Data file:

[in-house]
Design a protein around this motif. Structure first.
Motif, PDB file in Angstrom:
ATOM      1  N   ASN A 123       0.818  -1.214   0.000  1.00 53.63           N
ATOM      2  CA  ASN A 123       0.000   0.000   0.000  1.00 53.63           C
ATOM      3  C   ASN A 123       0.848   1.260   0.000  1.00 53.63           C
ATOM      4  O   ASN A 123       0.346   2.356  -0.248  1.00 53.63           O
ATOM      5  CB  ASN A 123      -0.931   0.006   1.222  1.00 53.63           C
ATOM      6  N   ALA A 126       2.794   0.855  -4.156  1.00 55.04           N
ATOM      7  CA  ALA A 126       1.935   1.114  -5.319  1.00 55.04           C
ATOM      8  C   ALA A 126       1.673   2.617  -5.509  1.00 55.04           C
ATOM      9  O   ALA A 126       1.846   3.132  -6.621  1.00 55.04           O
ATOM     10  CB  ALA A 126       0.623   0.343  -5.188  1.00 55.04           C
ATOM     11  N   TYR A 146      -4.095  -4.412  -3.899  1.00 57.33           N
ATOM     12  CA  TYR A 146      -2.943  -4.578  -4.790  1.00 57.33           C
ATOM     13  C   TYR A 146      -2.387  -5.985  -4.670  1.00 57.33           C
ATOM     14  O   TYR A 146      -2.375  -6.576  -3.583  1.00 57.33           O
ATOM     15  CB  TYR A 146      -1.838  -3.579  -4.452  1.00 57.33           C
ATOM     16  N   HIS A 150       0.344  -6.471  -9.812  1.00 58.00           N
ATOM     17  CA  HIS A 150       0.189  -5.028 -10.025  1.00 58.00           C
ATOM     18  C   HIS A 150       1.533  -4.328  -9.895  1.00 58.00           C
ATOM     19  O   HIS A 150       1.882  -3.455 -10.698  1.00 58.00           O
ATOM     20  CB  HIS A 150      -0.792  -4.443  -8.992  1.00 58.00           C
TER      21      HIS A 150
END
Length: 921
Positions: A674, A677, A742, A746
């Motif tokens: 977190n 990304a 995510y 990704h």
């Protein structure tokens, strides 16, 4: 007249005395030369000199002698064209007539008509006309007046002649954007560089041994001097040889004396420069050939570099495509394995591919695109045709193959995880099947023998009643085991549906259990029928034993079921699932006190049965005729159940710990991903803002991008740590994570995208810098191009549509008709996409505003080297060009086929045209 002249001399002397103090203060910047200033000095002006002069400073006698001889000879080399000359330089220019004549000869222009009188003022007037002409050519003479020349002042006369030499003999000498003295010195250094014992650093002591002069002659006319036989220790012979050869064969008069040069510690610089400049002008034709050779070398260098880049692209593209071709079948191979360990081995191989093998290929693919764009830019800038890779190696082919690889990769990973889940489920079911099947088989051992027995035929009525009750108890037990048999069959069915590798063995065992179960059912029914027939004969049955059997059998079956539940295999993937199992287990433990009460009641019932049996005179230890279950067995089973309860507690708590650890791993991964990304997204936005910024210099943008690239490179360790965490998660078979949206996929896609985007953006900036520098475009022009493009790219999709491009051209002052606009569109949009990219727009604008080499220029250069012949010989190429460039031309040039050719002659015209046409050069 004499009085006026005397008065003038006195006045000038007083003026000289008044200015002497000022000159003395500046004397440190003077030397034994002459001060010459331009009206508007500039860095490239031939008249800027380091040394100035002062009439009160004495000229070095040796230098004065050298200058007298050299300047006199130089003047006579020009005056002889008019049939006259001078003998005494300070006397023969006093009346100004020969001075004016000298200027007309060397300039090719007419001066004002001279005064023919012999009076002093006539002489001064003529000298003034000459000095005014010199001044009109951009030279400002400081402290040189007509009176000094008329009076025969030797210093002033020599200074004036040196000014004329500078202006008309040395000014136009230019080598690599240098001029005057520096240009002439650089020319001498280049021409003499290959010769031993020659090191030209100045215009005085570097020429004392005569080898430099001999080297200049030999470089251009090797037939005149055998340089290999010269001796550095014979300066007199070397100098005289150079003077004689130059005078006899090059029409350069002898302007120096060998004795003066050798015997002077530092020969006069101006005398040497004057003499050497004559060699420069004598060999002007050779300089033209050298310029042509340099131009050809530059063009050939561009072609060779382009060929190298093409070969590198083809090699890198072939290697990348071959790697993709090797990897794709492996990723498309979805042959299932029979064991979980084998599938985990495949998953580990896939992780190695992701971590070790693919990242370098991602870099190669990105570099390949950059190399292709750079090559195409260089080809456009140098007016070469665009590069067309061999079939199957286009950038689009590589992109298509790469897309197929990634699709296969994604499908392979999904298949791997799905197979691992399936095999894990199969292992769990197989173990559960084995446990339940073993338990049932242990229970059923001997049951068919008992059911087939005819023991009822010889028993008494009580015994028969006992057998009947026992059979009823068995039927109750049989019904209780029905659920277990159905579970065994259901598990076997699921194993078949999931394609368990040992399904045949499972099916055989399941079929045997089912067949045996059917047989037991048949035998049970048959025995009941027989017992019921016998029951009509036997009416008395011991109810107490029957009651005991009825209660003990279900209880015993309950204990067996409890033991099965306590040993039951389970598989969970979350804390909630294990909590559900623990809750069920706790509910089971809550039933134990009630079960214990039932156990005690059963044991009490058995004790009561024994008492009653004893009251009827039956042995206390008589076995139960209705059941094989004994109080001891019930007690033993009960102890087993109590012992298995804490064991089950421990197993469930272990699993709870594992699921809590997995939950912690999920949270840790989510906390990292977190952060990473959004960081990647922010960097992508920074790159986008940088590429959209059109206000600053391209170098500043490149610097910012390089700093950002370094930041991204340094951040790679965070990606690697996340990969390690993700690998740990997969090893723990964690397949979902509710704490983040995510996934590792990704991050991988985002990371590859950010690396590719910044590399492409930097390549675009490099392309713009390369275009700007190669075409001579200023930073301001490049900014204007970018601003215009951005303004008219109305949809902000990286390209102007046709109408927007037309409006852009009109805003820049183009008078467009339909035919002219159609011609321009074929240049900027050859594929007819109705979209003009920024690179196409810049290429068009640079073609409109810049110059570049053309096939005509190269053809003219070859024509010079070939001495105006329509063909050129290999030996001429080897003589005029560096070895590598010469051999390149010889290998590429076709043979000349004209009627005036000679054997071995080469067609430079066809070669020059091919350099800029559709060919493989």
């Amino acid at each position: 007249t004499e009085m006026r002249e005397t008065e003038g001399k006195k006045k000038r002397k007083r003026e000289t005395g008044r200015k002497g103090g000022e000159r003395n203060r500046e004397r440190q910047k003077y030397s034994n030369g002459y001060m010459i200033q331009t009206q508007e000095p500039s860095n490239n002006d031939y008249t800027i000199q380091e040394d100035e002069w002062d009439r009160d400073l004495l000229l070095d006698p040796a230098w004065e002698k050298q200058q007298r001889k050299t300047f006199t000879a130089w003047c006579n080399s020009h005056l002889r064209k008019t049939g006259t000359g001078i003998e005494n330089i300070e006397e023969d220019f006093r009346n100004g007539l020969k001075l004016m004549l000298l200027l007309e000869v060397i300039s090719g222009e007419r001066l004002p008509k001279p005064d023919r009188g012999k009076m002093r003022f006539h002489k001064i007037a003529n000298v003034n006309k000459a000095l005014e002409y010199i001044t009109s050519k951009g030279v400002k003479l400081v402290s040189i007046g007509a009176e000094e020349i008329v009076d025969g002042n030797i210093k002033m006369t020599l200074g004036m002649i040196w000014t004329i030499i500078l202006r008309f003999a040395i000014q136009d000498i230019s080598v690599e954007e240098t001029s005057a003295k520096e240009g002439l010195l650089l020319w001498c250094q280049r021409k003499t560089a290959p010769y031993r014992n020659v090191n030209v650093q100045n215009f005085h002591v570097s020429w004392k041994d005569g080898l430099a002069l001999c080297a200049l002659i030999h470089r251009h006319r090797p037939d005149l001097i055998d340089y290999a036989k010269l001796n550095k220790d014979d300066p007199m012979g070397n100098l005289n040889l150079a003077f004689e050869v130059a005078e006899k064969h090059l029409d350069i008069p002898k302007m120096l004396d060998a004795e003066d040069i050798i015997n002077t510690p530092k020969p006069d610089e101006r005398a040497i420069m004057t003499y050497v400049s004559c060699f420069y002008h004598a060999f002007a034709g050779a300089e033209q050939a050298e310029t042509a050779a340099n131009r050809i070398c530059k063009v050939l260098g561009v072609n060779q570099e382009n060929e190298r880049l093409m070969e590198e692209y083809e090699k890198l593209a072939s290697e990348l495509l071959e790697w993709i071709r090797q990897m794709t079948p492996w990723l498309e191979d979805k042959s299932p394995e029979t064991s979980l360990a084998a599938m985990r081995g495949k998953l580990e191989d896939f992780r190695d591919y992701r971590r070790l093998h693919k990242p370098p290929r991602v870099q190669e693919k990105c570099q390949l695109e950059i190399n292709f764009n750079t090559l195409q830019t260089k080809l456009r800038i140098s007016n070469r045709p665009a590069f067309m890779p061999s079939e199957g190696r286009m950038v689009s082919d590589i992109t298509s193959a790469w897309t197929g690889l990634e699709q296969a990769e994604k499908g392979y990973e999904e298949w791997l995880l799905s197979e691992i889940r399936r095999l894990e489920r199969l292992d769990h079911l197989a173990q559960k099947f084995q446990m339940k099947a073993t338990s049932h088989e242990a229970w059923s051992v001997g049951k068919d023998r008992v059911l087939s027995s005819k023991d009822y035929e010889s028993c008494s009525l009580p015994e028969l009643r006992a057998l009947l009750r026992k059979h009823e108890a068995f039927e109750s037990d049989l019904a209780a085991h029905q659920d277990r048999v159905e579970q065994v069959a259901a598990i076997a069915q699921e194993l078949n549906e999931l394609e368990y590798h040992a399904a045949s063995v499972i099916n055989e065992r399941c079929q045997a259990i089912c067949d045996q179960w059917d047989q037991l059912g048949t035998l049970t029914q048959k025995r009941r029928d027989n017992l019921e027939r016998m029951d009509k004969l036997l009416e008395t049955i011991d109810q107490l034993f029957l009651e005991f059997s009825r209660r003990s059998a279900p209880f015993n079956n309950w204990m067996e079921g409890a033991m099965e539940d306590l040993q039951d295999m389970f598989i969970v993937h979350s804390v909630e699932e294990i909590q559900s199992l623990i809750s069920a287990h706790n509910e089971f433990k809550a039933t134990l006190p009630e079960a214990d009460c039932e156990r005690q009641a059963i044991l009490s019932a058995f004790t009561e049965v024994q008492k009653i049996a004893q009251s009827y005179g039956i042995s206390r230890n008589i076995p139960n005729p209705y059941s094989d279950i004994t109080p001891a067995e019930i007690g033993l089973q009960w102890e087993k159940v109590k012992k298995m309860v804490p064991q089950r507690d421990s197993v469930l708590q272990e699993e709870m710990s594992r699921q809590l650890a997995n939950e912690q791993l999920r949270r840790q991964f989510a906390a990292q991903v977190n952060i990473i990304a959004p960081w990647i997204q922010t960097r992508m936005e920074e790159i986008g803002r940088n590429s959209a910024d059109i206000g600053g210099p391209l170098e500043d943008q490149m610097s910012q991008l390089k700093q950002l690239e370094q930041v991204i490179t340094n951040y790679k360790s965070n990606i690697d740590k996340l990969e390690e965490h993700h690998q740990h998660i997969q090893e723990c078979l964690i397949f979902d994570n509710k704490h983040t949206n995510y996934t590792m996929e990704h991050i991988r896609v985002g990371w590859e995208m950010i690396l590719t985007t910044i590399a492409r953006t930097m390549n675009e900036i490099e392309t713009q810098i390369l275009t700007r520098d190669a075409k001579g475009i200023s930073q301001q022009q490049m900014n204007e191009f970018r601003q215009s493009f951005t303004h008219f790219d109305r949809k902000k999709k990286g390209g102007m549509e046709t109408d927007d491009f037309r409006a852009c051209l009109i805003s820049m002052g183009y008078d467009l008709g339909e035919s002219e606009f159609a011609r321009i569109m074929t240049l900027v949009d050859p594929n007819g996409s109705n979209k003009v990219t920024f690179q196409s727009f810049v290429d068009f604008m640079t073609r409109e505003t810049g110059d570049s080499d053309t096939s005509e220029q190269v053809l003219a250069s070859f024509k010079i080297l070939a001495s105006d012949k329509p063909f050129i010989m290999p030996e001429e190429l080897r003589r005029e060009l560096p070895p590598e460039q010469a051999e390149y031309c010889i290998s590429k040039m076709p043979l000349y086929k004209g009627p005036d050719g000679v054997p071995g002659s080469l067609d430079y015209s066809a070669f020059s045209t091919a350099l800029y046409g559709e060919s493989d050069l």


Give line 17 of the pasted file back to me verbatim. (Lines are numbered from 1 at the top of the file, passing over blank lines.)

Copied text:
ATOM     14  O   TYR A 146      -2.375  -6.576  -3.583  1.00 57.33           O